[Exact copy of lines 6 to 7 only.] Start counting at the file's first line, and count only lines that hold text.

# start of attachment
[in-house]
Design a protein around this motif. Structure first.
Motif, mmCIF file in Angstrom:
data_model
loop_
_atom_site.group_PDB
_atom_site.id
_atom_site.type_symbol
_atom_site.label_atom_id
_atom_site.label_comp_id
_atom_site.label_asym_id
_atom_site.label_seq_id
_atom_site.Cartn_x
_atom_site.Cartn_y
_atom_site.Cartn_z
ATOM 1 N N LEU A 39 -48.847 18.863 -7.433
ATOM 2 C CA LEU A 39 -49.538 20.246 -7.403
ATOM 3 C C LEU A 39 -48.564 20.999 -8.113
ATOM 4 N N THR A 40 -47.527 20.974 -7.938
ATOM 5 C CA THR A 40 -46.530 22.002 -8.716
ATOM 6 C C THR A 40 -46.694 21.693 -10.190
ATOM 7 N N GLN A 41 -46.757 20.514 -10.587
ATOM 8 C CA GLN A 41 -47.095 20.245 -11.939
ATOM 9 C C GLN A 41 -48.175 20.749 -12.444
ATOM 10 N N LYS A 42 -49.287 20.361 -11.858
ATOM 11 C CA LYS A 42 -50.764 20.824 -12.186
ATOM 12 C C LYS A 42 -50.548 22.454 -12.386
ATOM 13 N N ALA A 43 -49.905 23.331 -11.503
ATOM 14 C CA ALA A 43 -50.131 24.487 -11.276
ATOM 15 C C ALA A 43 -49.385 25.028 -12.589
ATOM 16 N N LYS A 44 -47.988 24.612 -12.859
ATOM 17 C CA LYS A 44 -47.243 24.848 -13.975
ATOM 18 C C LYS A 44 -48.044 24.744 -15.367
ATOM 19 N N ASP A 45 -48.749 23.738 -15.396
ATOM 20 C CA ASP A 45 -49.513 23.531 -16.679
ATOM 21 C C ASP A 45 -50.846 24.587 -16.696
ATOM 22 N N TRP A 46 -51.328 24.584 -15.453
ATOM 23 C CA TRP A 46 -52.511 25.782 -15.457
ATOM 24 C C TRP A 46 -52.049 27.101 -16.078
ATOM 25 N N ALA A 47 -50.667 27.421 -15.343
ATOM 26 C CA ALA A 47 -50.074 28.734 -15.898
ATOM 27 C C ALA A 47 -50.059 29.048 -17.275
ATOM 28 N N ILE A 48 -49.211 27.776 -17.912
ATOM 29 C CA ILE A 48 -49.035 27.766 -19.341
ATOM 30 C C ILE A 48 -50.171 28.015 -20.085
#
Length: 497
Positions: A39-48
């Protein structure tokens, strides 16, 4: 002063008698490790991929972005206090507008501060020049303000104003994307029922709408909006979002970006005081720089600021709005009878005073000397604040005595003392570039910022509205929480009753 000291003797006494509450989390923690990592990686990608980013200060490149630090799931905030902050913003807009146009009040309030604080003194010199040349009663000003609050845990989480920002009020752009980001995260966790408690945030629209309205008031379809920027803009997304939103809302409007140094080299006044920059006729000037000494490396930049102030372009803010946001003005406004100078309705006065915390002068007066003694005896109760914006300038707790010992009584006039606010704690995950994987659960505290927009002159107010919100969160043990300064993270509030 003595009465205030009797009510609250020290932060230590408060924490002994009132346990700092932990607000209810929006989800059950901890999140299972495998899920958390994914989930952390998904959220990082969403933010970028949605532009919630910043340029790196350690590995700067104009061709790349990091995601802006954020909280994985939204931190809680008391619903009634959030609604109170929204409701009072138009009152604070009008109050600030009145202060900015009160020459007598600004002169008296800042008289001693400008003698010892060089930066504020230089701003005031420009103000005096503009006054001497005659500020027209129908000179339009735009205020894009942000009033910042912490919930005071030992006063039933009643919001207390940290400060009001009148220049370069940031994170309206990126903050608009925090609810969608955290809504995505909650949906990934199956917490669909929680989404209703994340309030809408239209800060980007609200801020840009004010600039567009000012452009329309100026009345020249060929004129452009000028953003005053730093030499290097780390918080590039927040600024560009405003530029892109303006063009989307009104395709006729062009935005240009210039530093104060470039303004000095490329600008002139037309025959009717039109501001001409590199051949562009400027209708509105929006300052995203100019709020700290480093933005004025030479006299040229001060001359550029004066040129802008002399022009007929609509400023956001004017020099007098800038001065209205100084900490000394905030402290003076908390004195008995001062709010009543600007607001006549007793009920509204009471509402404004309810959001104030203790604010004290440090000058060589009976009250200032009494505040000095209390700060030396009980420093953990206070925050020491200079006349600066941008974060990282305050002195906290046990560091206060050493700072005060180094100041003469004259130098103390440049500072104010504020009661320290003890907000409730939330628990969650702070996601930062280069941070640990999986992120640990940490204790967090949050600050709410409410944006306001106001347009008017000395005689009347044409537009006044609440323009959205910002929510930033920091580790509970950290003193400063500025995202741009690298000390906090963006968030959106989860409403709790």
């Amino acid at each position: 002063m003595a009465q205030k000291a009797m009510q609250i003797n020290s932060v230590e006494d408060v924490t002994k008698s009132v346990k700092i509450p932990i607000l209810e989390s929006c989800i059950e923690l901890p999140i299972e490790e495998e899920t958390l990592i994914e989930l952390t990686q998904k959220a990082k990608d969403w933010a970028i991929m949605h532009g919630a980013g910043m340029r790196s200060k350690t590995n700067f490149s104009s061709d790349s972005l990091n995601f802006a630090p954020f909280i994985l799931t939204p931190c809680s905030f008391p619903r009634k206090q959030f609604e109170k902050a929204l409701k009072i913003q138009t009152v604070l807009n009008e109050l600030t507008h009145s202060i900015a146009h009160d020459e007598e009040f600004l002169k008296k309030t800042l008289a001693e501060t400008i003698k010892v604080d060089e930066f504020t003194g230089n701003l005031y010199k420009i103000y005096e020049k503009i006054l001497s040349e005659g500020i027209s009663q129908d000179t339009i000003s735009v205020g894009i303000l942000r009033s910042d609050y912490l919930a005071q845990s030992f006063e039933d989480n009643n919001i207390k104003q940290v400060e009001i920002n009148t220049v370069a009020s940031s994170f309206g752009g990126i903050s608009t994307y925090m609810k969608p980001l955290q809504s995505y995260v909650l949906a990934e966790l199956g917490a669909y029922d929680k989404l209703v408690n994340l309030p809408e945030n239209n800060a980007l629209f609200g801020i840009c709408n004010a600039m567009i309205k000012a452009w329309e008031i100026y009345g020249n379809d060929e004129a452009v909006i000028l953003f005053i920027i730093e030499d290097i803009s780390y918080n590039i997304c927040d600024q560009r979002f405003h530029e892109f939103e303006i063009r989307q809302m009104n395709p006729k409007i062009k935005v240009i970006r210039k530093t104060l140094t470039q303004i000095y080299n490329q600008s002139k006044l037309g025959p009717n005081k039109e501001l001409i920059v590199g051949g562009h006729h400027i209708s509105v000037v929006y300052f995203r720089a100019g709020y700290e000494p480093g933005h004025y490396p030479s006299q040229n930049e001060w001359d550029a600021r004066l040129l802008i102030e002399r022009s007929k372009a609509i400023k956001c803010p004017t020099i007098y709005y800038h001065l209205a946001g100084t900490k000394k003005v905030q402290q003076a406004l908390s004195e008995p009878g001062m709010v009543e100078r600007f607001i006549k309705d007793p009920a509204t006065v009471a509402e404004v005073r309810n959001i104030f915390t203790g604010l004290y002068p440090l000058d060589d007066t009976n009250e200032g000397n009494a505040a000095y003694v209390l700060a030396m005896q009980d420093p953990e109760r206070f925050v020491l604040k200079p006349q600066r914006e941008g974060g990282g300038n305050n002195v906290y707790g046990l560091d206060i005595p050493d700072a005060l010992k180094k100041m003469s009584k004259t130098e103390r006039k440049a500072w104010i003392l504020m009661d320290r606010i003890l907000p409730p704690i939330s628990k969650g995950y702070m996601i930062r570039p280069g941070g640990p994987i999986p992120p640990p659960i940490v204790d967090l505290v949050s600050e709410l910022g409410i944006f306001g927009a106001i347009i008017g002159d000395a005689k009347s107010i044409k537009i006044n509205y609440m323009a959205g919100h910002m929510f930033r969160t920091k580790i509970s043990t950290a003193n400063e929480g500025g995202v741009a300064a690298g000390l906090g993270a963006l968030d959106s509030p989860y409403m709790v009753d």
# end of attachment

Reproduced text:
_atom_site.group_PDB
_atom_site.id